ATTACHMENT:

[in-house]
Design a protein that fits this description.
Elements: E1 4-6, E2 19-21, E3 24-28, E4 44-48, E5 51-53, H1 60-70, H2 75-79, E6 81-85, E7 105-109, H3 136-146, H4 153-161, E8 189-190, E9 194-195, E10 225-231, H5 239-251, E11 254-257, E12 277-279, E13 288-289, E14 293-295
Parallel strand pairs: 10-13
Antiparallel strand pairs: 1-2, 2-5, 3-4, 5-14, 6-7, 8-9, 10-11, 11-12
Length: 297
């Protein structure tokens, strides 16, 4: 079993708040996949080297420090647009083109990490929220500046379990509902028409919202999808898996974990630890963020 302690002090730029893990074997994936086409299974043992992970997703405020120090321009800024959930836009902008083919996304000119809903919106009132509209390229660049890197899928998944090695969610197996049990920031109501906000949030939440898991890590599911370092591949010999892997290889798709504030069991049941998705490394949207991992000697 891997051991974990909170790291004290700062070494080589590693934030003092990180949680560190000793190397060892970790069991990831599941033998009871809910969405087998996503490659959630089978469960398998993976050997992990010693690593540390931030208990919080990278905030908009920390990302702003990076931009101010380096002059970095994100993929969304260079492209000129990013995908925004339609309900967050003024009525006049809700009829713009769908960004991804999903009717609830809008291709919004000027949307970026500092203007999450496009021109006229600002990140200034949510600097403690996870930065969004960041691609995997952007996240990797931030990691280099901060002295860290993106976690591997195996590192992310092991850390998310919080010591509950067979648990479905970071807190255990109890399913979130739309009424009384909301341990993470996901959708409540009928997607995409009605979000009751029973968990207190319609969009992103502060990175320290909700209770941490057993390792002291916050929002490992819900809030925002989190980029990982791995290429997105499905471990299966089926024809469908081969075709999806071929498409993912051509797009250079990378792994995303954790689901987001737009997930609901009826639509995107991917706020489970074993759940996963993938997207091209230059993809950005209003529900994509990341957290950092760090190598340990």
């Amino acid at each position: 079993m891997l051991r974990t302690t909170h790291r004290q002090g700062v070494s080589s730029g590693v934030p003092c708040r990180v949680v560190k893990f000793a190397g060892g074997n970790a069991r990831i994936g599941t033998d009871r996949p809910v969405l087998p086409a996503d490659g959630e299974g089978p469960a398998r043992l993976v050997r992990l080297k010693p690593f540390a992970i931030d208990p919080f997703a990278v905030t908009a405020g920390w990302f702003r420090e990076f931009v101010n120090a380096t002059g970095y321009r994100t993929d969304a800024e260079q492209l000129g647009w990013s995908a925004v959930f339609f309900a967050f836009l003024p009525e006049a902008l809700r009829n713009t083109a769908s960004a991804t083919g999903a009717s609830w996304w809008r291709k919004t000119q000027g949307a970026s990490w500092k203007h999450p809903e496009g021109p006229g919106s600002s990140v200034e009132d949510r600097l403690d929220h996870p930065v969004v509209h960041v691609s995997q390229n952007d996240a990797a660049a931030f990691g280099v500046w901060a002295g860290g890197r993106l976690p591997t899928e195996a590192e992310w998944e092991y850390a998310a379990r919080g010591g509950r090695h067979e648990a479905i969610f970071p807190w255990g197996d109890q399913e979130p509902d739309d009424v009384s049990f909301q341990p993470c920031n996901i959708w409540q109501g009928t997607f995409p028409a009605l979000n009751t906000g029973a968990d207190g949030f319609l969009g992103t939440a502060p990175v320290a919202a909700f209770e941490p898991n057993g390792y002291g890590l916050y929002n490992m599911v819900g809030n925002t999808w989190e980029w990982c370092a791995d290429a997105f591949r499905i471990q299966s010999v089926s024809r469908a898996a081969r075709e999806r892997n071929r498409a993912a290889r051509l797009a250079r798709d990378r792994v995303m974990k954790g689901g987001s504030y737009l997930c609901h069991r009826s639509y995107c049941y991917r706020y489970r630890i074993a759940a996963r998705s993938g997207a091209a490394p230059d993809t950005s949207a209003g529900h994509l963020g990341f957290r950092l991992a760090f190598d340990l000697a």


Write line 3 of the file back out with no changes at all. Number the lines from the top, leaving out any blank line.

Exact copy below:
Elements: E1 4-6, E2 19-21, E3 24-28, E4 44-48, E5 51-53, H1 60-70, H2 75-79, E6 81-85, E7 105-109, H3 136-146, H4 153-161, E8 189-190, E9 194-195, E10 225-231, H5 239-251, E11 254-257, E12 277-279, E13 288-289, E14 293-295